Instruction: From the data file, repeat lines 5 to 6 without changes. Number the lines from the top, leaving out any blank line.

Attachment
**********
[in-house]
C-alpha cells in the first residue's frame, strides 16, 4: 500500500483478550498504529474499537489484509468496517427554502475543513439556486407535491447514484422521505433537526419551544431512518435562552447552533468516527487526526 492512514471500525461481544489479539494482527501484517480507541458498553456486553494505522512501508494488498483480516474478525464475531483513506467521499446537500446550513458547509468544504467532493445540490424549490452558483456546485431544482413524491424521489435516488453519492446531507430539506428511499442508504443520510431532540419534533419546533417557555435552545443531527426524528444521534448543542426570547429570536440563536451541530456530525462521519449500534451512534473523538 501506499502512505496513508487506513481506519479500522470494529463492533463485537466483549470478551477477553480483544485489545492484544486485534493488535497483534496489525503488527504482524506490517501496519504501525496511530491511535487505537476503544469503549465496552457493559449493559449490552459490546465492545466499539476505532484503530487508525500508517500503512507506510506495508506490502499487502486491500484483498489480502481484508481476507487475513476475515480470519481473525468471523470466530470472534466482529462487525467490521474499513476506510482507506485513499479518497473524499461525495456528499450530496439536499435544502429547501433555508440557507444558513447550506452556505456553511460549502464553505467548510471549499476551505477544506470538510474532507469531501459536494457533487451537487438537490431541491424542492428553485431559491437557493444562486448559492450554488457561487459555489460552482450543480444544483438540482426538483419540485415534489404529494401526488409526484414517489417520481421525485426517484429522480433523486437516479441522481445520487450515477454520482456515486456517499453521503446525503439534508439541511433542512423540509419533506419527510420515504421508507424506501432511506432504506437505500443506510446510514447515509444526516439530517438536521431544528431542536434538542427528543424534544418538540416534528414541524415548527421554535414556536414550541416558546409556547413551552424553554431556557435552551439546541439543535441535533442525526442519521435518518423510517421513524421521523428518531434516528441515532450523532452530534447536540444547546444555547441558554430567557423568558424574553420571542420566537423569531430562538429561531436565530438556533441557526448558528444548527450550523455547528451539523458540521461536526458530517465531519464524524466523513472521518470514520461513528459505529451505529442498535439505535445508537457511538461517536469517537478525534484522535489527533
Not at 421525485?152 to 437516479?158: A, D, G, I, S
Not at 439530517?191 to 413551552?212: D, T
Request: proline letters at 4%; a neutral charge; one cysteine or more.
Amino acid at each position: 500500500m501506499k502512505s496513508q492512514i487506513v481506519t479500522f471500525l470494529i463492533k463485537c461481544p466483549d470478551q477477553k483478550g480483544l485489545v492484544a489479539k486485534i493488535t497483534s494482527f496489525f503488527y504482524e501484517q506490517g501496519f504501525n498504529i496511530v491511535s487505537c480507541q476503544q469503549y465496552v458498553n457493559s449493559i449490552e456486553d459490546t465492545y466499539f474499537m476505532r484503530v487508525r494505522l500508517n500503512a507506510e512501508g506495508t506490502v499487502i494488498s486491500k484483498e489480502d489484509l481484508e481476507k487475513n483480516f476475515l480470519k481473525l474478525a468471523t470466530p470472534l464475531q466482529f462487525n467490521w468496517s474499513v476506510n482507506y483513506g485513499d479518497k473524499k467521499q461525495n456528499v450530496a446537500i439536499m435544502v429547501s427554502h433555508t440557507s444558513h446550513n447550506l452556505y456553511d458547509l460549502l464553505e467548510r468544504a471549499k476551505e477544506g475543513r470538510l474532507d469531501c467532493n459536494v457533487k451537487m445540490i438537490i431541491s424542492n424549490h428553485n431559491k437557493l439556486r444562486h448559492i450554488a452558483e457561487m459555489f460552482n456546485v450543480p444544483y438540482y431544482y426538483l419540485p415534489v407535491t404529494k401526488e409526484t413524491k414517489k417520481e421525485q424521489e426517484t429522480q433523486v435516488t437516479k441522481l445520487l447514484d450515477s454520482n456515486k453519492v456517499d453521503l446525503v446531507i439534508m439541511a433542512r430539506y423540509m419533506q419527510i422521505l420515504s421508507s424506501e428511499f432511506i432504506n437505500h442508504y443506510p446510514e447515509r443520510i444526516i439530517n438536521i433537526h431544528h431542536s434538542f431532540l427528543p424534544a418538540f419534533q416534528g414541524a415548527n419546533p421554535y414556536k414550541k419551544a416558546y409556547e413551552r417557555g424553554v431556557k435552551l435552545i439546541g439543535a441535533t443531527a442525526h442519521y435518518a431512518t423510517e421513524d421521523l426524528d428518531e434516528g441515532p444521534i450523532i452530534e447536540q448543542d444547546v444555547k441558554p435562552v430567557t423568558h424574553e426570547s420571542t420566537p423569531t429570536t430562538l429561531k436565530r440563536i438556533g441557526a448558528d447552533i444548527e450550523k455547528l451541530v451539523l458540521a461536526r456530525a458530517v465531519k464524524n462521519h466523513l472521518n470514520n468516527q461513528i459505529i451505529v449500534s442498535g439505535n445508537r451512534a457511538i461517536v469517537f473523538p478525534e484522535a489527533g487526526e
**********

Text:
Request: proline letters at 4%; a neutral charge; one cysteine or more.
Amino acid at each position: 500500500m501506499k502512505s496513508q492512514i487506513v481506519t479500522f471500525l470494529i463492533k463485537c461481544p466483549d470478551q477477553k483478550g480483544l485489545v492484544a489479539k486485534i493488535t497483534s494482527f496489525f503488527y504482524e501484517q506490517g501496519f504501525n498504529i496511530v491511535s487505537c480507541q476503544q469503549y465496552v458498553n457493559s449493559i449490552e456486553d459490546t465492545y466499539f474499537m476505532r484503530v487508525r494505522l500508517n500503512a507506510e512501508g506495508t506490502v499487502i494488498s486491500k484483498e489480502d489484509l481484508e481476507k487475513n483480516f476475515l480470519k481473525l474478525a468471523t470466530p470472534l464475531q466482529f462487525n467490521w468496517s474499513v476506510n482507506y483513506g485513499d479518497k473524499k467521499q461525495n456528499v450530496a446537500i439536499m435544502v429547501s427554502h433555508t440557507s444558513h446550513n447550506l452556505y456553511d458547509l460549502l464553505e467548510r468544504a471549499k476551505e477544506g475543513r470538510l474532507d469531501c467532493n459536494v457533487k451537487m445540490i438537490i431541491s424542492n424549490h428553485n431559491k437557493l439556486r444562486h448559492i450554488a452558483e457561487m459555489f460552482n456546485v450543480p444544483y438540482y431544482y426538483l419540485p415534489v407535491t404529494k401526488e409526484t413524491k414517489k417520481e421525485q424521489e426517484t429522480q433523486v435516488t437516479k441522481l445520487l447514484d450515477s454520482n456515486k453519492v456517499d453521503l446525503v446531507i439534508m439541511a433542512r430539506y423540509m419533506q419527510i422521505l420515504s421508507s424506501e428511499f432511506i432504506n437505500h442508504y443506510p446510514e447515509r443520510i444526516i439530517n438536521i433537526h431544528h431542536s434538542f431532540l427528543p424534544a418538540f419534533q416534528g414541524a415548527n419546533p421554535y414556536k414550541k419551544a416558546y409556547e413551552r417557555g424553554v431556557k435552551l435552545i439546541g439543535a441535533t443531527a442525526h442519521y435518518a431512518t423510517e421513524d421521523l426524528d428518531e434516528g441515532p444521534i450523532i452530534e447536540q448543542d444547546v444555547k441558554p435562552v430567557t423568558h424574553e426570547s420571542t420566537p423569531t429570536t430562538l429561531k436565530r440563536i438556533g441557526a448558528d447552533i444548527e450550523k455547528l451541530v451539523l458540521a461536526r456530525a458530517v465531519k464524524n462521519h466523513l472521518n470514520n468516527q461513528i459505529i451505529v449500534s442498535g439505535n445508537r451512534a457511538i461517536v469517537f473523538p478525534e484522535a489527533g487526526e